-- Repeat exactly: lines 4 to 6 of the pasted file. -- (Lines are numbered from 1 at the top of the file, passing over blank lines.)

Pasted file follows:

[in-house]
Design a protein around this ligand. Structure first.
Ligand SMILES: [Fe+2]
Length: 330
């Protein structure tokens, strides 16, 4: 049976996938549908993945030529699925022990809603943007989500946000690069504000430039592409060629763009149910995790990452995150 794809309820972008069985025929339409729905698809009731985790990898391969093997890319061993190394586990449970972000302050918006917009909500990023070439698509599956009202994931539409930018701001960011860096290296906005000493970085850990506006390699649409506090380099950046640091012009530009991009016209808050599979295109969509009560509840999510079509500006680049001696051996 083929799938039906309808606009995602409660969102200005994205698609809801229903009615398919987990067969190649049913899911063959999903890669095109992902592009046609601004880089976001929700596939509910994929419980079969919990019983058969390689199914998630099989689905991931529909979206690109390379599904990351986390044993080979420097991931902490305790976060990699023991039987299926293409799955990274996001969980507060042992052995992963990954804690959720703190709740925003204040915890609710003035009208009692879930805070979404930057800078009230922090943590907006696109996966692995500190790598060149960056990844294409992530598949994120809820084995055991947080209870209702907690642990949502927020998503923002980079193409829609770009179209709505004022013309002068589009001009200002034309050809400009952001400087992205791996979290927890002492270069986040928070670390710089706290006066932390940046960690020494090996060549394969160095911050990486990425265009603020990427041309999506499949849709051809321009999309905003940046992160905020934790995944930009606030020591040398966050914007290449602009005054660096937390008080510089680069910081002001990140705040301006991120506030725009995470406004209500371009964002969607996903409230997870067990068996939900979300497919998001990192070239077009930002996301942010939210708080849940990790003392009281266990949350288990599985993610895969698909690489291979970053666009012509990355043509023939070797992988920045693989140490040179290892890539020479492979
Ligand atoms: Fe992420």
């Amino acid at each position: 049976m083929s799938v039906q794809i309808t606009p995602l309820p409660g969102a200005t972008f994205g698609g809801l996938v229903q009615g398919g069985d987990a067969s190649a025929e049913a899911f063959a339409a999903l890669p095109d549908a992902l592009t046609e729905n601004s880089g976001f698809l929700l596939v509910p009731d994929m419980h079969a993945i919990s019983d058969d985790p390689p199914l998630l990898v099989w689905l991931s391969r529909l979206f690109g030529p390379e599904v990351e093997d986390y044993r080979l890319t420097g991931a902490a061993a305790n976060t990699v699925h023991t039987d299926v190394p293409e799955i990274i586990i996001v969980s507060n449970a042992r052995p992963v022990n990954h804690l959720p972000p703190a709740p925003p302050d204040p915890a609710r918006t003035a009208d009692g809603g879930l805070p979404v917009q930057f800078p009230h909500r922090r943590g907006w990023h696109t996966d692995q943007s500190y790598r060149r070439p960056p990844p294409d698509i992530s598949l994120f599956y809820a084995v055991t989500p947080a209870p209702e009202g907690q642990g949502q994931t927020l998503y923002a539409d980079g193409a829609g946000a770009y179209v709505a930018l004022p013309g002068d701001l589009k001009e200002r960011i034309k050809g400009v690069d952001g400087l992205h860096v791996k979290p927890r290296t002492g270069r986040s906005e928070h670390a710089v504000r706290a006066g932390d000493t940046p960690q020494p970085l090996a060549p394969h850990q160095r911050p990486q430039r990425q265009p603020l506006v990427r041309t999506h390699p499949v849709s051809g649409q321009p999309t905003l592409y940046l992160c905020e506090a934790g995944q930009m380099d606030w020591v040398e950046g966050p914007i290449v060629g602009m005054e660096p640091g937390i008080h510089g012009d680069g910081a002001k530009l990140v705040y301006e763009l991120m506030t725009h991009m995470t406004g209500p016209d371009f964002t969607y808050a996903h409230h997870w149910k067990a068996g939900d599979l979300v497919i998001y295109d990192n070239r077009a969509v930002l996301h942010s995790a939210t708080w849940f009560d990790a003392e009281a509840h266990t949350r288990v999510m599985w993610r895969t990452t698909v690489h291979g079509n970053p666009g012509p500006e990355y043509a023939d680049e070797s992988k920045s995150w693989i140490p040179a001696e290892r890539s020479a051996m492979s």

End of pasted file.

Length: 330
């Protein structure tokens, strides 16, 4: 049976996938549908993945030529699925022990809603943007989500946000690069504000430039592409060629763009149910995790990452995150 794809309820972008069985025929339409729905698809009731985790990898391969093997890319061993190394586990449970972000302050918006917009909500990023070439698509599956009202994931539409930018701001960011860096290296906005000493970085850990506006390699649409506090380099950046640091012009530009991009016209808050599979295109969509009560509840999510079509500006680049001696051996 083929799938039906309808606009995602409660969102200005994205698609809801229903009615398919987990067969190649049913899911063959999903890669095109992902592009046609601004880089976001929700596939509910994929419980079969919990019983058969390689199914998630099989689905991931529909979206690109390379599904990351986390044993080979420097991931902490305790976060990699023991039987299926293409799955990274996001969980507060042992052995992963990954804690959720703190709740925003204040915890609710003035009208009692879930805070979404930057800078009230922090943590907006696109996966692995500190790598060149960056990844294409992530598949994120809820084995055991947080209870209702907690642990949502927020998503923002980079193409829609770009179209709505004022013309002068589009001009200002034309050809400009952001400087992205791996979290927890002492270069986040928070670390710089706290006066932390940046960690020494090996060549394969160095911050990486990425265009603020990427041309999506499949849709051809321009999309905003940046992160905020934790995944930009606030020591040398966050914007290449602009005054660096937390008080510089680069910081002001990140705040301006991120506030725009995470406004209500371009964002969607996903409230997870067990068996939900979300497919998001990192070239077009930002996301942010939210708080849940990790003392009281266990949350288990599985993610895969698909690489291979970053666009012509990355043509023939070797992988920045693989140490040179290892890539020479492979
Ligand atoms: Fe992420």